An Introduction to the Multiple Intelligence Theory

 

 

††††††††† In 1983 a psychologist from Harvard named Howard Gardner challenged the commonly held belief that intelligence could be measured objectively and reduced to a single number (the IQ score). In his book Frames of Mind, he proposed that our culture defines intelligence too narrowly, and suggested that there are at least seven basic intelligences Gardner delineated. He has since added an eighth and is exploring a ninth intelligence. Gardner has worked to broaden the scope of individual potential beyond the traditional IQ measurement. He suggests that human intelligence has more to do with problem solving capacity in the real world than a single test situation can demonstrate. Gardner established certain basic criteria for each intelligence to distinguish from simply a talent or aptitude. A brief overview of each of the intelligences proposed by Gardner will follow.

 

 

Linguistic Intelligence

 

The ability to use words effectively through writing or in oral format. This intelligence includes the ability to manipulate language structure or syntax, semantics or meaning of language, language sounds or phonology and the practical/pragmatic uses of language.

 

 

Logical-Mathematical Intelligence

 

The ability to reason well and to use numbers effectively. It includes an understanding of logical patterns, functions, abstractions, as well as statements and propositions (if-then, cause-effect).

 

 

Bodily-Kinesthetic Intelligence

 

The ability to use oneís hands to produce or transform things, or to use the whole body to express ideas and feelings. This intelligence encompasses specific physical skills like balance, coordination, dexterity, strength, flexibility, speed, as well as proprioceptive and tactile capabilities.

 

 

Spatial Intelligence

 

The capacity to perceive the visual-spatial environment accurately and to use the capacity to transform those perceptions. It involves sensibilities regarding color, line, shape, form, space and the relationship of all of those elements.

 

 

Musical Intelligence

 

The ability to perceive, transform, discriminate and express musical forms. It includes sensibility about the pitch, rhythm, melody, tone or timbre of a musical piece.

 

 

Interpersonal Intelligence

 

The ability to perceive and distinguish the moods, intentions, motivations, and feelings of other people. This implies sensitivity to facial expressions, voice, and gestures that allow the individual to respond in a pragmatic way (influence a group of people to follow a specific course of action).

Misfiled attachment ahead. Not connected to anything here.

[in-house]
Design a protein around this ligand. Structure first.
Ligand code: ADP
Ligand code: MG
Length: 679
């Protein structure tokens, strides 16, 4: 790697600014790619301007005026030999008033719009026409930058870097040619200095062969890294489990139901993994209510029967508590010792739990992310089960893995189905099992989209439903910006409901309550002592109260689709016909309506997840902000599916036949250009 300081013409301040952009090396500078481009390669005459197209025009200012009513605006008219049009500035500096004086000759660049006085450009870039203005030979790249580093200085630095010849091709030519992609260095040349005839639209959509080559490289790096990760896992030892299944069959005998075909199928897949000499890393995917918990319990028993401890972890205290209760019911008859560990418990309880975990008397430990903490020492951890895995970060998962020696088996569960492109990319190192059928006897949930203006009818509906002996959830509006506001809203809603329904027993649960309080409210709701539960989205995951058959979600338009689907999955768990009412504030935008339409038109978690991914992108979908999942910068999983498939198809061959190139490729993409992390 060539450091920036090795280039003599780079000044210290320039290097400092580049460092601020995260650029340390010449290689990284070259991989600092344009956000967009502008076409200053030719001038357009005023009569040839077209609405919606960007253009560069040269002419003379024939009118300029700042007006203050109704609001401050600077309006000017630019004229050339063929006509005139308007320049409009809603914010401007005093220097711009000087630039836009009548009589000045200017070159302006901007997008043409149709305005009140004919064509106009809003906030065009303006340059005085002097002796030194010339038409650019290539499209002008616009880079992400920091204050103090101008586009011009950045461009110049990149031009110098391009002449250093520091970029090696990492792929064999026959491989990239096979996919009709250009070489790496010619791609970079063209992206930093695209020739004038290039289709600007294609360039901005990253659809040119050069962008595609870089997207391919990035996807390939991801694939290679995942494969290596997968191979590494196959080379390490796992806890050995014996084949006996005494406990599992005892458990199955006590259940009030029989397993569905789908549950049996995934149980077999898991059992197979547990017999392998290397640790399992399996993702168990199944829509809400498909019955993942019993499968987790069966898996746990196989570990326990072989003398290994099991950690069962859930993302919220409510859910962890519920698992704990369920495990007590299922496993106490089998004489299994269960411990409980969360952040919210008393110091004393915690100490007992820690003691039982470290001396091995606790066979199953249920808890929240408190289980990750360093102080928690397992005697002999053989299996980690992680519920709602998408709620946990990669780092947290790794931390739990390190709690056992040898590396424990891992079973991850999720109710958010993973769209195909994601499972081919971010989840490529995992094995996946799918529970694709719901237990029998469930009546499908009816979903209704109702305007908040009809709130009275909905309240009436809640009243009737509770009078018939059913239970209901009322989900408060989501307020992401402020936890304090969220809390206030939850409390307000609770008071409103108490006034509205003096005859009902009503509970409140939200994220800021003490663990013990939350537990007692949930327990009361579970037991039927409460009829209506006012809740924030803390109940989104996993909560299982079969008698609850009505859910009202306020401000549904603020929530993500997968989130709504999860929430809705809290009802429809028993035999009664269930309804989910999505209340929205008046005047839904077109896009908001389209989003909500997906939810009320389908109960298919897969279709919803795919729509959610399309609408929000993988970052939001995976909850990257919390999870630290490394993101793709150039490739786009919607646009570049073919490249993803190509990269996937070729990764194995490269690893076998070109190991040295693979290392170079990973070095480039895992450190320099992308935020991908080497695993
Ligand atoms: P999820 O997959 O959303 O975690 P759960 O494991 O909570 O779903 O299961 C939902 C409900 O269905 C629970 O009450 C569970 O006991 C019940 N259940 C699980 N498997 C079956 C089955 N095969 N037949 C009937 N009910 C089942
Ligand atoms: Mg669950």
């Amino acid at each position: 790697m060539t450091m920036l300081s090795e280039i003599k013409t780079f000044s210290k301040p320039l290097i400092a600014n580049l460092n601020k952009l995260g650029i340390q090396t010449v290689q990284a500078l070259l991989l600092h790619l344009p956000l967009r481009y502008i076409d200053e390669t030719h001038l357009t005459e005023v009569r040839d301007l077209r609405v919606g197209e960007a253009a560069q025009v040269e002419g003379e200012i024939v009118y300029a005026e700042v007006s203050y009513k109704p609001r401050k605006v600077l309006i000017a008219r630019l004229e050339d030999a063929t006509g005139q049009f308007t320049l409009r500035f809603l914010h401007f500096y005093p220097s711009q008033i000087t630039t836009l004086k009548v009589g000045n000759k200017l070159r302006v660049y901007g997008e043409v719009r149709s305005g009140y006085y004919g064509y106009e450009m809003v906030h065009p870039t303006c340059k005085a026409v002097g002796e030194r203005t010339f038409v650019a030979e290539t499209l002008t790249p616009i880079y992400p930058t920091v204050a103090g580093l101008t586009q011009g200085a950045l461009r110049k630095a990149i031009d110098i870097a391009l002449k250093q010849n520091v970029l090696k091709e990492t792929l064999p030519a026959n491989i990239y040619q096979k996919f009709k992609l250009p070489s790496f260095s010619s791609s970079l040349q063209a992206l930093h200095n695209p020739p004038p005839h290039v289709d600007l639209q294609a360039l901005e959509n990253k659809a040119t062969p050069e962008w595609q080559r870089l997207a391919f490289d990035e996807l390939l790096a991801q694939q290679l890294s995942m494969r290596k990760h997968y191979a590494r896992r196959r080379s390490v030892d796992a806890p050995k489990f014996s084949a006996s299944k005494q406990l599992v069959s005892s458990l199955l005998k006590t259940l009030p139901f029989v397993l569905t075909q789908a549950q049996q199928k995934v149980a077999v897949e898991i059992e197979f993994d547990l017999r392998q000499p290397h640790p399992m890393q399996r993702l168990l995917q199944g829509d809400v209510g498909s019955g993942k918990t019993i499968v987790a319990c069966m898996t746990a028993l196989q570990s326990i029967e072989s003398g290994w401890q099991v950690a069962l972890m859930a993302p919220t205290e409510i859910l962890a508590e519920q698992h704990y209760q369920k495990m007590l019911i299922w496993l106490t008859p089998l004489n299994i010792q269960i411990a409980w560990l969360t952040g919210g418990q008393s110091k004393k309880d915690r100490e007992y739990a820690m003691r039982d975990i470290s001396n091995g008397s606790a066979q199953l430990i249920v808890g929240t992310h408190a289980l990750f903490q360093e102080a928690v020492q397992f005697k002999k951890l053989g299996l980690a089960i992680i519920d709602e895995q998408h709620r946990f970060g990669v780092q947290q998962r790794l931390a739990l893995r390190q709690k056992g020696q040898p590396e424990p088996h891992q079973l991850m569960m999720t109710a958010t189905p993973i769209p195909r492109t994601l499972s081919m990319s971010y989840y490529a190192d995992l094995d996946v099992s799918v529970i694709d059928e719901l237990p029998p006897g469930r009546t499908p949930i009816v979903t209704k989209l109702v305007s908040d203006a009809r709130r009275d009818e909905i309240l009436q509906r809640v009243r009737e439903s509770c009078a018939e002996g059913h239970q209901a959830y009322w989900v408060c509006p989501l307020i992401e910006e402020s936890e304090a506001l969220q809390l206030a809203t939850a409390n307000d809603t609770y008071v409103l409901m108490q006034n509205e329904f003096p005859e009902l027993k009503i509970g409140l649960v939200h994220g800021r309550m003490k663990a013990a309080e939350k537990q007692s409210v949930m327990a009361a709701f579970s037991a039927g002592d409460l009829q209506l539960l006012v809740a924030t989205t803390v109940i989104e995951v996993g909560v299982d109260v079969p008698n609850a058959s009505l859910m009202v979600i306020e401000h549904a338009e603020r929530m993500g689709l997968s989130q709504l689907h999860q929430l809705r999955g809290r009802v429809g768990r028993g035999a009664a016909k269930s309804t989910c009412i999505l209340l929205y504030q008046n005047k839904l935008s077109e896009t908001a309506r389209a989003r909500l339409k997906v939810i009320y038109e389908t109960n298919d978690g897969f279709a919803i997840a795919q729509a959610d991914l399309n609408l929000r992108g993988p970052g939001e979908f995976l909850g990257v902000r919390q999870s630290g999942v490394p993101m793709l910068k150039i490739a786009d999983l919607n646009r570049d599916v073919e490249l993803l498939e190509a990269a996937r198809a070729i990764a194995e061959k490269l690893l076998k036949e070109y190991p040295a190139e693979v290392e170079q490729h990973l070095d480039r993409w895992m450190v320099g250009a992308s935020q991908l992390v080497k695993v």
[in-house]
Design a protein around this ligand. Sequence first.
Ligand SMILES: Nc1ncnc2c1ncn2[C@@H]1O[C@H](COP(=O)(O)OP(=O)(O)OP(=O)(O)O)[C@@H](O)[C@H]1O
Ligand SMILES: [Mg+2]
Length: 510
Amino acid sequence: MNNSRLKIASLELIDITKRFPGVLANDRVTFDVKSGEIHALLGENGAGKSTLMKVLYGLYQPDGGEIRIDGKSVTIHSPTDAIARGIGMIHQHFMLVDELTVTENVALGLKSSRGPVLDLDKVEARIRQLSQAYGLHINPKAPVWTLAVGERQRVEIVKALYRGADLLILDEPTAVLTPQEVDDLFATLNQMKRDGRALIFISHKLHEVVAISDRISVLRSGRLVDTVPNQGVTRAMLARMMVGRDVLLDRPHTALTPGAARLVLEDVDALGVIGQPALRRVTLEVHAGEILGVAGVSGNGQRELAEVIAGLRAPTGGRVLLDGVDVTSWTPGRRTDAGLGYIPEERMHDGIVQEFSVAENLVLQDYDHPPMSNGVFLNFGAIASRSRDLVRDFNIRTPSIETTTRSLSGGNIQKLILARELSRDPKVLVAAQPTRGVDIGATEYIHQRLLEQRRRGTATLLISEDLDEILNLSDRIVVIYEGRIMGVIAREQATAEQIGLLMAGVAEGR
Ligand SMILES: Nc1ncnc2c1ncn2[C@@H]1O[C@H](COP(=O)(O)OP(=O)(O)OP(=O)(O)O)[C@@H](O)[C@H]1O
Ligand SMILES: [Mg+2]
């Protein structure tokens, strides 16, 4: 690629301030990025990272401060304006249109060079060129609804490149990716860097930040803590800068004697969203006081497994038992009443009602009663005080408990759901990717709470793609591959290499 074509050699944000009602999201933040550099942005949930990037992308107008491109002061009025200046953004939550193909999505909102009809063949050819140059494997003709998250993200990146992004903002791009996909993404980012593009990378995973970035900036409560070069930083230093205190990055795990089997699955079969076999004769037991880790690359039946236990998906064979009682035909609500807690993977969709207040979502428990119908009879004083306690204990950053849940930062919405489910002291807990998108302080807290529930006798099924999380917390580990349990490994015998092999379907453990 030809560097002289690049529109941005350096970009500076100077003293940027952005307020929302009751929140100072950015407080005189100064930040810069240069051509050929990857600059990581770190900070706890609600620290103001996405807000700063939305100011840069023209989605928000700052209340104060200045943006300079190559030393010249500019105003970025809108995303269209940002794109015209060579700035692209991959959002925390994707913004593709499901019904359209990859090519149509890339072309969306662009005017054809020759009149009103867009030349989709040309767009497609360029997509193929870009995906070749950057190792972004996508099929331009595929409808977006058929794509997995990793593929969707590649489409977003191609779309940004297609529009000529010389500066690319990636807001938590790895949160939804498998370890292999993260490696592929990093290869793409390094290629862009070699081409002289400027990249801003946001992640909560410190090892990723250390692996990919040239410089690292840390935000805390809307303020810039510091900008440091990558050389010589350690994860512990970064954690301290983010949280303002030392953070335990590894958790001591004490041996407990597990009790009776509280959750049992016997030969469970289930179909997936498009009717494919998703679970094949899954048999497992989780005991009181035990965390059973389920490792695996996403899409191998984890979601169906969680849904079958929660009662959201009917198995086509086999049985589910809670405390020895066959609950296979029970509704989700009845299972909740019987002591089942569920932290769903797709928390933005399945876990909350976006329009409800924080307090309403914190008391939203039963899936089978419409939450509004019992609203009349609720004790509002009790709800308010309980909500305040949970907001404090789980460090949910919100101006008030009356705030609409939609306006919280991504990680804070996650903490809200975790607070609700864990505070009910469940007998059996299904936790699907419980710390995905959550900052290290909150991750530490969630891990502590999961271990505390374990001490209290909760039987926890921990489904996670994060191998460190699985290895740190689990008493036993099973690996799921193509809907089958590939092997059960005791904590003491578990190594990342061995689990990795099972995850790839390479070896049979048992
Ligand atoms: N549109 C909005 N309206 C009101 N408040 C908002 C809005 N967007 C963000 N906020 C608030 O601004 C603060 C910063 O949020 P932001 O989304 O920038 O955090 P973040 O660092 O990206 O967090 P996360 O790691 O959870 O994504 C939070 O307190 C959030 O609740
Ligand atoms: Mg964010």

Intrapersonal Intelligence

 

The capacity for self-knowledge and the ability to act in an adaptive way based on that knowledge. It implies a capacity for having an accurate picture of oneself, an awareness of inner moods, intentions, motivations, and having self-discipline, self-knowledge and self-esteem.

 

 

Naturalist Intelligence

 

The ability to recognize numerous species in an individualís environment and to classify them. It includes the observation of other natural phenomena and in an urban environment a sensitivity to discriminate among nonliving forms like trucks, cars and brands.

 

 

Why is an understanding of Gardnerís theory of Multiple Intelligenceís important?

 

In any given classroom there are children who learn best by using the variety of intelligences listed above. A traditional classroom is heavily weighted towards those students whose strongest intelligence is Linguistic or Logical-Mathematical. In a classroom where a teacher incorporates all of the multiple intelligences while teaching a subject it is more likely the students will absorb the information. This is especially true of ďat riskĒ students who do not perform well in a traditional classroom. Thomas Armstrong provides good information on teaching strategies for the multiple intelligences in his book Multiple Intelligences in the Classroom (Armstrong, 2000). Much of the information presented above can be found in his book in much greater detail. He encourages us to remember that all students, all people, have all of the multiple intelligences. The issue for classroom teachers is that all children have some intelligence that is stronger or weaker than others, and we should teach so all children can learn in their strongest intelligence.

 

 

Books for further study on the Howard Gardnerís Multiple Intelligences Theory:

 

Gardner, H. (1982). Art, Mind and Brain. New York:Basic Books.

 

Gardner, H. (1989). To Open Minds. New York: Basic Books.

 

Gardner, H. (1991). The Unschooled Mind. New York: Basic Books.

 

Gardner, H. (1999). The Well Disciplined Mind: What All Students Should Understand.

†††††††††††† New York: Simon and Schuster.